What is Audit Sampling? Definition, Types, Purpose, Objectives, 5 Methods


Audit sampling is the application of audit procedures to less than 100% of the total population and all the items in the population have the same chance to be selected.

This is to ensure that the items selected represent the total population which enables auditors to draw their conclusion and express their opinion based on their predetermined objective.

Audit sampling is really important because it doesn’t only help auditors to gather sufficient and appropriate audit evidence to draw the audit’s opinion, but also plays a very important part in the audit’s works’ efficiency and effectiveness. That mean auditor is not required to check 100% of object or items to let them express their opinion.

To ensure that the selected items could represent the total population, the selection process and methods should not involve too much from human judgments and should be avoiding bias from auditors.

They only perform their review and verification on the selected items and then express their opinion on the entire population. In general, audit sampling can be performed in two different types.

The first is statistical, and the second is non-statistical sampling. These two types of sampling contain many other methods which will be discussed in detail in this article.

Now, before explaining the types of audit sampling and methods of audit sampling, let’s start with the purpose and objective of audit sampling.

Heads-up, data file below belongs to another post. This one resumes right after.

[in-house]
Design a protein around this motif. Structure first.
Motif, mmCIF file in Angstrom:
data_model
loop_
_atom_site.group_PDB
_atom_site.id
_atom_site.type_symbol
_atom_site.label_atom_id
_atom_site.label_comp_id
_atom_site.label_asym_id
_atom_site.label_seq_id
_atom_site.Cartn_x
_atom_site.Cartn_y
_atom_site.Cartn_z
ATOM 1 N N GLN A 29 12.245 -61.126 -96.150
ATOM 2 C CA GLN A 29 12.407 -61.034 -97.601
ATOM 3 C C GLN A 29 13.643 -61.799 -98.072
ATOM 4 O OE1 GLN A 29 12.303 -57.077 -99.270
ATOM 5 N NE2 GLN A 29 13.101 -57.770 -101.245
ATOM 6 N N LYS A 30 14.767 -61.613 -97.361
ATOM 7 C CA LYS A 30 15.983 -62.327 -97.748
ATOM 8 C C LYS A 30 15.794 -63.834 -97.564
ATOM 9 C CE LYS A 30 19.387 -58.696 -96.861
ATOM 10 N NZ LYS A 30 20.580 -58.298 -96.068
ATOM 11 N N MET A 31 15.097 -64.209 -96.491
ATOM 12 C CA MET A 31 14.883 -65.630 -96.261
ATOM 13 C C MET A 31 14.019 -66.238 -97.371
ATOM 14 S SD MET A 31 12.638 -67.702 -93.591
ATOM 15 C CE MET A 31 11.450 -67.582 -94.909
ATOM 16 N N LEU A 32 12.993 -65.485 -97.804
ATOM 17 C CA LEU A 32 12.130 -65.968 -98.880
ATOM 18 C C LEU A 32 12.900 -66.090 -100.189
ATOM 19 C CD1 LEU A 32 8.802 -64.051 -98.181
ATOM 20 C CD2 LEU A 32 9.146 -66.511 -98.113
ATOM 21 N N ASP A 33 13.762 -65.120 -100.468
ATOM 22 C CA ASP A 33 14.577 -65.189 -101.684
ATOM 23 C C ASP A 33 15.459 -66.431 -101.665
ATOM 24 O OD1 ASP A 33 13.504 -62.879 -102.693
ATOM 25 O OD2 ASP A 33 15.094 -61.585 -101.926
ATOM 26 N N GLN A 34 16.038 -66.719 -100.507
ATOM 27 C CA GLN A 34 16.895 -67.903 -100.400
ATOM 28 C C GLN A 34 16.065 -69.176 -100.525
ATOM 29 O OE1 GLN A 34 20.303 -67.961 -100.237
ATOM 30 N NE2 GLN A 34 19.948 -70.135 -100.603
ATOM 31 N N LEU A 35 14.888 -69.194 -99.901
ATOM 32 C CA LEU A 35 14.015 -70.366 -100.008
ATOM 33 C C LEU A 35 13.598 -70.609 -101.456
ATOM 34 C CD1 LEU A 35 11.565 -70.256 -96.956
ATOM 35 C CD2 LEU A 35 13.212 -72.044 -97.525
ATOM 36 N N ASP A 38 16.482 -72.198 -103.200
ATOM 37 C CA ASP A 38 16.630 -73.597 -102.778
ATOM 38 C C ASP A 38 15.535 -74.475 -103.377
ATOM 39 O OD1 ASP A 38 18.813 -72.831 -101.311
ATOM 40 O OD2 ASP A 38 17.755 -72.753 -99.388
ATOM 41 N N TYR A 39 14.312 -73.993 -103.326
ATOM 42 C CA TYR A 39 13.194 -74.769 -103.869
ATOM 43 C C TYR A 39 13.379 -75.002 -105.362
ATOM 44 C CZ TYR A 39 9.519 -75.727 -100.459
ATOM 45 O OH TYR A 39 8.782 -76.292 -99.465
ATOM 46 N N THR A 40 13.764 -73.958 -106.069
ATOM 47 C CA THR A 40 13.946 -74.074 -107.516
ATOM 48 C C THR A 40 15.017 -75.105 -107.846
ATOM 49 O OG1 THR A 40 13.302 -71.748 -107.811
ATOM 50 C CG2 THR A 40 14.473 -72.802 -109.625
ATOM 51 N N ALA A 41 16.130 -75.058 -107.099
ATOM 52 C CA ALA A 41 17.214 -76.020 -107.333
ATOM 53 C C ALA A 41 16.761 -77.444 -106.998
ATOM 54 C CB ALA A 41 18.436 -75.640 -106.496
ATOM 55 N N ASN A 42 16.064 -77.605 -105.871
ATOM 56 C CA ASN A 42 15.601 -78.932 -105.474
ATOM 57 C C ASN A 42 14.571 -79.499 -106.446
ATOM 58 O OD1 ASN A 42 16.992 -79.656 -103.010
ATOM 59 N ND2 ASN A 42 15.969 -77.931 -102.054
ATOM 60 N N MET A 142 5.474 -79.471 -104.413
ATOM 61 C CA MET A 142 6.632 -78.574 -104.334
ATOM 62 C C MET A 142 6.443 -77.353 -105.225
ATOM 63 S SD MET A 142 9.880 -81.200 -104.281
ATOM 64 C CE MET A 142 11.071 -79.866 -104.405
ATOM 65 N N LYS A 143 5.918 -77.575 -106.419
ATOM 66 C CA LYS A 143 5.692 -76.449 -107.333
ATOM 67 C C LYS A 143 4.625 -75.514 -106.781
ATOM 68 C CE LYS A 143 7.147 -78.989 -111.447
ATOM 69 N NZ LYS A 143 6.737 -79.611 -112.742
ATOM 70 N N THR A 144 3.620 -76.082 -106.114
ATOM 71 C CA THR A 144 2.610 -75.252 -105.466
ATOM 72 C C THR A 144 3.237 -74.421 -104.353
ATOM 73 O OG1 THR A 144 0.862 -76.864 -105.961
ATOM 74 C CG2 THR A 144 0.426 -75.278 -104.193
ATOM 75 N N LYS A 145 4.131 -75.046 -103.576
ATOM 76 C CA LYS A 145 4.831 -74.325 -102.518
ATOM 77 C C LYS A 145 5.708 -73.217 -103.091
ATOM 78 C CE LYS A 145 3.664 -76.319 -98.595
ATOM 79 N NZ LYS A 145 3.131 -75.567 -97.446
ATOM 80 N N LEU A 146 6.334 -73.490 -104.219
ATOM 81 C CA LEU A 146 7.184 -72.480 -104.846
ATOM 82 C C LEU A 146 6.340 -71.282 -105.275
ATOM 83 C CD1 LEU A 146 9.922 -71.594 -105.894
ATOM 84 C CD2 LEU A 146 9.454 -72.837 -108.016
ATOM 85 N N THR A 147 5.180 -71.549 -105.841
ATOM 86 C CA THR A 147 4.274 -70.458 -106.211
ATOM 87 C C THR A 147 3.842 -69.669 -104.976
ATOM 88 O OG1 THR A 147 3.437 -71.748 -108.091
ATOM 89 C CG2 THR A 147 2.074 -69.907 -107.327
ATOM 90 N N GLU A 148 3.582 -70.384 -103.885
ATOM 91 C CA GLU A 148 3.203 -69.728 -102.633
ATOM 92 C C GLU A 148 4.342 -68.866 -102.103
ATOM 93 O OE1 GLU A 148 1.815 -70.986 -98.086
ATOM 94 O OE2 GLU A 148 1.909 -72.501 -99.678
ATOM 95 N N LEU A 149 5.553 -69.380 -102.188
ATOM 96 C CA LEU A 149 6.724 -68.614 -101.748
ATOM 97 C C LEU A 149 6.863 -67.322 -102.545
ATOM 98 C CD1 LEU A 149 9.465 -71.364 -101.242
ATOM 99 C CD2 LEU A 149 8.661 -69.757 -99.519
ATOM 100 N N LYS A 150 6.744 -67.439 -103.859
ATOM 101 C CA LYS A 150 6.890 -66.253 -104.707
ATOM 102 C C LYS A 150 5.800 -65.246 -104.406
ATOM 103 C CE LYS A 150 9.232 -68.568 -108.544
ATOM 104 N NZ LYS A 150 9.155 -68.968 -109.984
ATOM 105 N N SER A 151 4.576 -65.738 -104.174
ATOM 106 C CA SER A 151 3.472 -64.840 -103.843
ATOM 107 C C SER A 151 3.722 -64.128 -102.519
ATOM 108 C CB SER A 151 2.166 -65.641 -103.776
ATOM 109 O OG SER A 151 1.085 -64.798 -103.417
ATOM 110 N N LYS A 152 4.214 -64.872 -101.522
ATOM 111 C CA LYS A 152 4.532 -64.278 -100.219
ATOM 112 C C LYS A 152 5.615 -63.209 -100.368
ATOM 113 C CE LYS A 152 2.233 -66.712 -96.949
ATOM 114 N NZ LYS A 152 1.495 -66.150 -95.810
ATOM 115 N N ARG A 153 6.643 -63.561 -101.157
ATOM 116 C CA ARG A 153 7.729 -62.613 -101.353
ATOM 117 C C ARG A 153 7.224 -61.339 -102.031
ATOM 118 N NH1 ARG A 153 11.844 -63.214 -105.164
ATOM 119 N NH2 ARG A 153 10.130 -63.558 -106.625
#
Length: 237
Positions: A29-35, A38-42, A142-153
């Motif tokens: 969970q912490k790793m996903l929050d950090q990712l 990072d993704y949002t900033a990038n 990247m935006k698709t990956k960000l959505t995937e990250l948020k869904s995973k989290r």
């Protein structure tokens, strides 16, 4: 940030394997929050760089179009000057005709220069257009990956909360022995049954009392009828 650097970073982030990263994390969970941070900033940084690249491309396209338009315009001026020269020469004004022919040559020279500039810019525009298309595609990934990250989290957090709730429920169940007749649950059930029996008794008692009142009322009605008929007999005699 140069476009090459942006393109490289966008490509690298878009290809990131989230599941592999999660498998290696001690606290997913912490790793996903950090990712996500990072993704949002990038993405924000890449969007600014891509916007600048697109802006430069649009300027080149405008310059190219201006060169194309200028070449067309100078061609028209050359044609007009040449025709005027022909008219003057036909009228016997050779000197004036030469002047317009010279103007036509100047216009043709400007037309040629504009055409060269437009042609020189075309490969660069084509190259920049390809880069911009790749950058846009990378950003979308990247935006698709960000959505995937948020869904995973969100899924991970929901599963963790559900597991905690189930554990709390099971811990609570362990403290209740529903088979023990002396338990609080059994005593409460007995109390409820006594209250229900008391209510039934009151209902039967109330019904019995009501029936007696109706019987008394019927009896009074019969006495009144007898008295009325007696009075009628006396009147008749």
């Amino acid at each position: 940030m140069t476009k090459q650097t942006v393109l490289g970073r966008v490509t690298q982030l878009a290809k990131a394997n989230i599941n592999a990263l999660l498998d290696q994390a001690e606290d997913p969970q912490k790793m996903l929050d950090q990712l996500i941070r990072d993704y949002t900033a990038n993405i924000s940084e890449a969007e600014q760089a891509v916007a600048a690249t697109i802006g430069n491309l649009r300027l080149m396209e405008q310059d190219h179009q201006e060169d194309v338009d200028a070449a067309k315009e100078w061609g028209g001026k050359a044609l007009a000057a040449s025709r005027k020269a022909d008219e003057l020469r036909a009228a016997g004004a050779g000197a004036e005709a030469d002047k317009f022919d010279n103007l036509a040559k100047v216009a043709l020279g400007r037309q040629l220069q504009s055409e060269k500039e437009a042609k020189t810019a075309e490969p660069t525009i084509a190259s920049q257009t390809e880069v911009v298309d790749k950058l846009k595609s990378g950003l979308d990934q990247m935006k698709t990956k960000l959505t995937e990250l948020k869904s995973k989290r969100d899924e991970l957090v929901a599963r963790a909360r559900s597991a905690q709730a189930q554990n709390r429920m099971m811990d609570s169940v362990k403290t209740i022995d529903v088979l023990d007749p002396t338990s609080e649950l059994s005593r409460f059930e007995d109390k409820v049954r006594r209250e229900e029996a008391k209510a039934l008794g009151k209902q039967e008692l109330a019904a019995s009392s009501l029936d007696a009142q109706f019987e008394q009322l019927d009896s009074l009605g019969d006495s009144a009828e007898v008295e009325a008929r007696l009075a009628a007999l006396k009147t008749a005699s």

Here they are,

Objectives And Purpose of Audit Sampling:

Audit sampling is a very important part of audit work. No matter whether it is a financial audit, internal audit, or other kinds of audit, audit sampling still needs to be used by auditors.

Audit sampling is also part of the audit standards requirements and it could help auditors to meet their objectives with less effort.

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The following are the purposes and objectives of audit sampling:

  • To gather audit evidence in order to conclude audit opinion.
  • To reduce the works yet audit yet still help audit to reach its conclusion.
  • To provide the basis for the auditor to conclude an audit opinion.
  • To detect any kind of error or fraud that could happen in the company as well as financial statements.
  • To prove auditors have done their jobs base on the required auditing standards.
  • Use as a tool for investigations.

Two Types of Audit Sampling:

Statistic audit sampling:

Statistic audit sampling is the sampling approach where the auditor uses random sampling to select the items from the total population and uses the probabilities technique to measure the result of the testing and make a conclusion.

Using statistical sampling is very important to help the auditor manage and control the audit’s risk. This is because in statistics, we use data and probabilities to select the items from the total population and those data are not prejudged and unbiased by auditors.

This statistic sampling is normally performed where the total population is more than 100 items. Based on my experiences, there are many different tools available in the market that we use could use to perform audit sampling. And, if you don’t have the tool, you can use the function in excel instead of software.

For example, auditors verify the addition of the fixed asset during the year and the total purchase transactions are more than 100 items.

You are an auditor and are assigned to perform testing on fixed assets addition. Statistical sampling is highly recommended in the audit program. And random sampling is the method you decided to use.